For Jews around the world, the soul-piercing sound of the shofar is charged with religious significance, evoking a perennial yearning for deliverance and renewal.
The sound of a shofar emanated from Mount Sinai. It heralded the new moon and the jubilee year. Shofars were used in battle and in the Temple orchestra. Rosh Hashanah, the start of the Jewish new year, is described in the Bible as “a day of blowing” the shofar, and its sounding at the conclusion of Yom Kippur service marks the end of the fast.
For millennia, people have been crafting horns into shofars. But not every kind of horn can be made into a shofar. An extraordinary exhibit in the Biblical Museum of Natural History in Beit Shemesh delves into the captivating world of shofars, showcasing one of the largest global collections of these remarkable instruments from different animal species. It includes straight, curved, spiral, and even impractical shofars of every size and shape, originating from myriad creatures—from the more traditional ram, ibex, and goat to huge shofars made from spectacular antelope such as sable and waterbuck, a uniquely beautiful and surprisingly strong shofar made from an unusual creature called an East Caucasian tur, and many other strange and wonderful horns and shofars.
The horn that gives rise to the shofar must be naturally hollow; this eliminates both rhinoceros horns, which are composed of solid keratin, and deer antlers, which are solid bone. Shofars are made from horns comprised of keratin sheaths surrounding a bony core, which is pulled out. Then, the tip of the keratin sheath is sawed off to create a mouthpiece, and a small hole is drilled into the hollow interior.
Under Jewish law, cattle horns cannot be used as shofars (the Talmud cites the sin of the Golden Calf) and later rabbinic authorities also excluded the horns of buffalo and other members of the bovine family.
The Talmud also determines that on Rosh Hashanah, one should use a shofar that is bent, symbolizing how we should be bent in contrition on the Day of Judgment. Traditionally and ideally, shofars for Rosh Hashanah are made from ram (adult male sheep) horns. The Talmud explains that they recall how Abraham was willing to sacrifice his son Isaac at God’s command, and instead was told to sacrifice a ram caught by its horns in the thicket. In addition to the more widely used domestic sheep’s horns, the shofar exhibit also features the beautiful horns of the Land of Israel’s original wild sheep, the mouflon, and those of another wild sheep native to this region, the Barbary sheep or aoudad, along with the bighorn sheep of North America’s massively thick horns.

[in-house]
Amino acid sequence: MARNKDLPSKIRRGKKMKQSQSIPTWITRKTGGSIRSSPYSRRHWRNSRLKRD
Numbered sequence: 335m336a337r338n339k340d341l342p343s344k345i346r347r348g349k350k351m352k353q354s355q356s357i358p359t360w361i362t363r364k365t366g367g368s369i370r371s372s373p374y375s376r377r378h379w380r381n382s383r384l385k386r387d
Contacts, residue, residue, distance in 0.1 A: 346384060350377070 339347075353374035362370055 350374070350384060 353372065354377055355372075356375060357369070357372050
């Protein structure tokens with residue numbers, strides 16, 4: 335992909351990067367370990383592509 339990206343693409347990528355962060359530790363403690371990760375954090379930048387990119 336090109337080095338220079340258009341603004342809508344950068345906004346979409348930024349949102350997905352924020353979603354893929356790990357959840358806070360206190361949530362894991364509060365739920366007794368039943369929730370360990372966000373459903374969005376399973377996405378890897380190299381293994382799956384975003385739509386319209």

Shofars from pre-Holocaust Europe are often flat, with a carved bell. It seems that many of them were made from goats rather than sheep, for reasons that are unclear; perhaps goat horns were more widely available, since most male sheep are slaughtered at a young age.
The exhibit also features the magnificent spiral horns of the kudu antelope from Africa—the traditionally preferred shofars in certain Yemenite communities. They are widely available today, since kudu are able to leap over the fences of game reserves in Africa and breed freely outside of them without fear of predators.
Other species’ horns, while permissible under Jewish law, are just too impractical to be used as shofars. The exhibit showcases several examples, including the highly twisted horns of wildebeest and other antelopes make removal of the bony core extremely difficult, if not altogether impossible. And the amazing horns of the markhor (a type of wild goat) are such a flat, twisted spiral that turning them into a blowable shofar is a formidable feat.
The exhibit’s non-shofar objects add an intriguing dimension. These have a horn-like appearance (tusks of various animals, from walruses to warthog) or produce a shofar-like sound (conch shells and didgeridoos), but they defy the fundamental principle—a shofar must be made of animal horns.
Some 135 animal species have hollow horns. After excluding a handful of species of domestic and wild cattle and straight-horned species, over a hundred species with curved horns that may be used to make a shofar remain. However, except for the domestic sheep, gemsbok, and kudu, no shofars from these species are commercially available.
Rabbi Dr. Natan Slifkin is the director of The Biblical Museum of Natural History.